551st Parachute Infantry Battalion – GOYA’s – Southern France, 1944


551st PIB – GOYA’s!

Parachute Infantry during WWII is arguably one of the most popular sub sections of the war. From Band of Brothers in 2001, Airborne units have gained exponential fame in recent years. The most popular divisions, the 101st and 82nd usually gain most attention due to their role in the Normandy landings. However, a number of units were raised by the United States that are often overlooked or forgotten. The 551st Parachute Infantry Battalion (PIB) was a unique unit raised in Panama and trained to fight in a tropical climate and ended with it’s tragic destruction in Belgium during the Battle of the Bulge. In the beginning it somewhat consisted of hellions and misfits. The unit achieved a famous saying from that of its’ Commander. GOYA! or better known as Get Off Your Ass! was the phrased uttered, ushering the men to move out. It’s first action was that of the Southern France- Operation Dragoon combat assault. Mostly overlooked the Operation consisted of units of the First Airborne Task Force (FABTF). For the Operation, a palm tree was painted on the side of the helmets to distinguish them from everyone else. This operation was unique because of the wide spread camouflaged uniforms. The orders came from the FABTF Commander Robert Frederick, formally of the vaunted commando unit First Special Service Force. The campaign became known as the “Champagne Campaign” by the men because of the region and lighter than expected resistance.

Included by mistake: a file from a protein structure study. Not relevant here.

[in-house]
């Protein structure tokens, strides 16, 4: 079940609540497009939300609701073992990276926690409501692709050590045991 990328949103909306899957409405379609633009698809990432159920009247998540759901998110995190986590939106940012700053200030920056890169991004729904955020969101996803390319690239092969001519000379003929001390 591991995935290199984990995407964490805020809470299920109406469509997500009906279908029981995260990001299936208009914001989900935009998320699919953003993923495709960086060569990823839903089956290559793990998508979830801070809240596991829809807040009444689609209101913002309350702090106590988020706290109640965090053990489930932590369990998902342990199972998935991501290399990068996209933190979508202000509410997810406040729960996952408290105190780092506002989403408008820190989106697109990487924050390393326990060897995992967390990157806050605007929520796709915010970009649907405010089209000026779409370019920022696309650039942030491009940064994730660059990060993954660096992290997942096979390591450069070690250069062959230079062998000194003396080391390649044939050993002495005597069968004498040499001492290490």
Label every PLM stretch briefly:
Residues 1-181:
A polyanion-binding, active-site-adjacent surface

123 123-2

 10012936_862397187120552_8026308981771800866_o 10548053_10204495831609461_1912175526214232507_o 10903918_10204495824729289_6838257830264550591_o 10911519_10204495869090398_530465994961311604_o 11074283_10202925130364004_1701292291_o 11125833_10202925139524233_125617441_o 11137025_10202925144684362_1325716812_n 11148064_10202925129523983_1836746818_o FullSizeRender (1) goyama10 IMG_3811


Leave a Reply

Fill in your details below or click an icon to log in:

WordPress.com Logo

You are commenting using your WordPress.com account. Log Out /  Change )

Google+ photo

You are commenting using your Google+ account. Log Out /  Change )

Twitter picture

You are commenting using your Twitter account. Log Out /  Change )

Facebook photo

You are commenting using your Facebook account. Log Out /  Change )

Connecting to %s

%d bloggers like this: